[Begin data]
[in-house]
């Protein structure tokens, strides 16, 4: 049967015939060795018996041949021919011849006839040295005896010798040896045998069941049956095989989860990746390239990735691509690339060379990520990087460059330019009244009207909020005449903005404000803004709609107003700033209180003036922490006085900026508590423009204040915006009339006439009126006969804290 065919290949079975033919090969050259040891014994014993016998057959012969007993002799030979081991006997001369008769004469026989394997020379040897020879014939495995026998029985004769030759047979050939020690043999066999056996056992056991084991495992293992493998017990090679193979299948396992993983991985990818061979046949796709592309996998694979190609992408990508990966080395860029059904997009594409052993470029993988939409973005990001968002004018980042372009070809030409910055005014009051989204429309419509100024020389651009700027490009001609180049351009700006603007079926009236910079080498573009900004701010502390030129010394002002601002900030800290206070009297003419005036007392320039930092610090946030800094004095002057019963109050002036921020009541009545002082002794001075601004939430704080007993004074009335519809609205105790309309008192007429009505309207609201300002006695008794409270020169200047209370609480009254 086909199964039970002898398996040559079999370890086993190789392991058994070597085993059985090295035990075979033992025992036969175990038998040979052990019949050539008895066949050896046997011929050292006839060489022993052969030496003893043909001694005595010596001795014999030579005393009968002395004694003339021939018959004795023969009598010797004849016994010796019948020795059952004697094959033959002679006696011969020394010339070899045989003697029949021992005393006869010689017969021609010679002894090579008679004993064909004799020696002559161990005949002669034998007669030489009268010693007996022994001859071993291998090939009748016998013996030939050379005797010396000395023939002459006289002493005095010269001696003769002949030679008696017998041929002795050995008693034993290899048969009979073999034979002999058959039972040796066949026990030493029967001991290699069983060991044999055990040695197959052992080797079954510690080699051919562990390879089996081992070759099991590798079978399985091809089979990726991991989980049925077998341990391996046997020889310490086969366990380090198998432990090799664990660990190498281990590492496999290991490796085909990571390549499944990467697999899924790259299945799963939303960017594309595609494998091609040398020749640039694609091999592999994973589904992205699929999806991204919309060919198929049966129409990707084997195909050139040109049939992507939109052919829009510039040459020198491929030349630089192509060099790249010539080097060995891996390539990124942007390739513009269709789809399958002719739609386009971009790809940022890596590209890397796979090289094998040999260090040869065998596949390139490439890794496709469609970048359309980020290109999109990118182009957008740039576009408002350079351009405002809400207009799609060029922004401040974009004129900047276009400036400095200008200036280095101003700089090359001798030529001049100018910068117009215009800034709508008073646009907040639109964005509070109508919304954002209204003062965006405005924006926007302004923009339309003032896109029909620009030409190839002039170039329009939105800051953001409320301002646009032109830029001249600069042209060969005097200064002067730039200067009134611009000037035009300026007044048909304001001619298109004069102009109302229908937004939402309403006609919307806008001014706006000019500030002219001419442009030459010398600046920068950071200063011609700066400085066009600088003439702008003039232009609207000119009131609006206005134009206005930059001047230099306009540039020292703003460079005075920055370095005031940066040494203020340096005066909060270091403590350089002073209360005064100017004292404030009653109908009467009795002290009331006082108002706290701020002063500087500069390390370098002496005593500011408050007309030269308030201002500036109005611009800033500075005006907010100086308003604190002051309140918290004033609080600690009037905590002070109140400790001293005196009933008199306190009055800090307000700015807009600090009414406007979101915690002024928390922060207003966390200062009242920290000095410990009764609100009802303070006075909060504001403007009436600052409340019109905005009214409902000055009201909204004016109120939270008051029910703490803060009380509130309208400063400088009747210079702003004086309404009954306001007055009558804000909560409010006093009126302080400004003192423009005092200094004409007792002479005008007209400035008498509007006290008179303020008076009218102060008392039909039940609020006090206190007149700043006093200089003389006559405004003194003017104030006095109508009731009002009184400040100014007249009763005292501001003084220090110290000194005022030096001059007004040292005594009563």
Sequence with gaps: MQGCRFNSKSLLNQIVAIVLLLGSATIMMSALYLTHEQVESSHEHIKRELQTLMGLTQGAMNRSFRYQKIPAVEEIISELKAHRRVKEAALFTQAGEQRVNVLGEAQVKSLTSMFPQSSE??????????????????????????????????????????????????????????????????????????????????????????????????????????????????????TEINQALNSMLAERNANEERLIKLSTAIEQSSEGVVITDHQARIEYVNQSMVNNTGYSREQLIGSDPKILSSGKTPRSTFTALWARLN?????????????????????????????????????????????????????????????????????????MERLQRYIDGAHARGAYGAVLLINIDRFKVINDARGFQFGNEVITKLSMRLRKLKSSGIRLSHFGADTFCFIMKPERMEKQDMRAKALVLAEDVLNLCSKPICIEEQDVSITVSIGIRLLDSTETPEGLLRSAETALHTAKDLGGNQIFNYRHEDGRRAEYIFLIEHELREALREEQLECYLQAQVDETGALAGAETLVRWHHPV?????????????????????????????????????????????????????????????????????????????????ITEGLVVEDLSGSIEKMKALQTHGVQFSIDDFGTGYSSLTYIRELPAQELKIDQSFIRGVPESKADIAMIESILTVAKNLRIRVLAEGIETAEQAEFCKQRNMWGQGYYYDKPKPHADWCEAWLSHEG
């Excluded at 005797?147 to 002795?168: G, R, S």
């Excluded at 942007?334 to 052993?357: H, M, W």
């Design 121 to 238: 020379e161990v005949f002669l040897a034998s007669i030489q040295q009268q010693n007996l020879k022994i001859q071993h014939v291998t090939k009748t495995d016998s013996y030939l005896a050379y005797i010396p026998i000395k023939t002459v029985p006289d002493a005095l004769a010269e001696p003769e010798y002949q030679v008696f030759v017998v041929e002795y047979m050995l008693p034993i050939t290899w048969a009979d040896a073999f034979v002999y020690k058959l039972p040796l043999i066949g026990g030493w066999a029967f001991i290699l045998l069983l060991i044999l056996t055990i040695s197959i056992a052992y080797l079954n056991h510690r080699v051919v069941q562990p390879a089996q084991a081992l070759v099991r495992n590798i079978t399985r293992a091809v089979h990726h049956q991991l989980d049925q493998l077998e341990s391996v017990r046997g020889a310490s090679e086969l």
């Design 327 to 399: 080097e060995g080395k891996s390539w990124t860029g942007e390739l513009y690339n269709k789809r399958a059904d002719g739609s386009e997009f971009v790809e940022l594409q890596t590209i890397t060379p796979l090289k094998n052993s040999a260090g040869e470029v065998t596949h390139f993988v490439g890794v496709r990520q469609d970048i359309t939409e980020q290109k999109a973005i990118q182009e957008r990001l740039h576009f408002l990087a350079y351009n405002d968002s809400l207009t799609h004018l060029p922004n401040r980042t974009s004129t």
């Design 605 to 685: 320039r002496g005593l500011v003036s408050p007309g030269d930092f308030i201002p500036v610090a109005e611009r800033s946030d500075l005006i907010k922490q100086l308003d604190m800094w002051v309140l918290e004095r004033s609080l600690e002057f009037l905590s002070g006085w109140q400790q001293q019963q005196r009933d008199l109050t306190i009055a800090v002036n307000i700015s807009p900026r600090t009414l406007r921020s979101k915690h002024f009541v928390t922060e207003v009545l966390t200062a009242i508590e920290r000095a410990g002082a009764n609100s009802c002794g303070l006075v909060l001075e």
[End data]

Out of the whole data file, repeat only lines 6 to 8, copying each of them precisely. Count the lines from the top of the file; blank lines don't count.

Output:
């Design 121 to 238: 020379e161990v005949f002669l040897a034998s007669i030489q040295q009268q010693n007996l020879k022994i001859q071993h014939v291998t090939k009748t495995d016998s013996y030939l005896a050379y005797i010396p026998i000395k023939t002459v029985p006289d002493a005095l004769a010269e001696p003769e010798y002949q030679v008696f030759v017998v041929e002795y047979m050995l008693p034993i050939t290899w048969a009979d040896a073999f034979v002999y020690k058959l039972p040796l043999i066949g026990g030493w066999a029967f001991i290699l045998l069983l060991i044999l056996t055990i040695s197959i056992a052992y080797l079954n056991h510690r080699v051919v069941q562990p390879a089996q084991a081992l070759v099991r495992n590798i079978t399985r293992a091809v089979h990726h049956q991991l989980d049925q493998l077998e341990s391996v017990r046997g020889a310490s090679e086969l």
């Design 327 to 399: 080097e060995g080395k891996s390539w990124t860029g942007e390739l513009y690339n269709k789809r399958a059904d002719g739609s386009e997009f971009v790809e940022l594409q890596t590209i890397t060379p796979l090289k094998n052993s040999a260090g040869e470029v065998t596949h390139f993988v490439g890794v496709r990520q469609d970048i359309t939409e980020q290109k999109a973005i990118q182009e957008r990001l740039h576009f408002l990087a350079y351009n405002d968002s809400l207009t799609h004018l060029p922004n401040r980042t974009s004129t």
């Design 605 to 685: 320039r002496g005593l500011v003036s408050p007309g030269d930092f308030i201002p500036v610090a109005e611009r800033s946030d500075l005006i907010k922490q100086l308003d604190m800094w002051v309140l918290e004095r004033s609080l600690e002057f009037l905590s002070g006085w109140q400790q001293q019963q005196r009933d008199l109050t306190i009055a800090v002036n307000i700015s807009p900026r600090t009414l406007r921020s979101k915690h002024f009541v928390t922060e207003v009545l966390t200062a009242i508590e920290r000095a410990g002082a009764n609100s009802c002794g303070l006075v909060l001075e």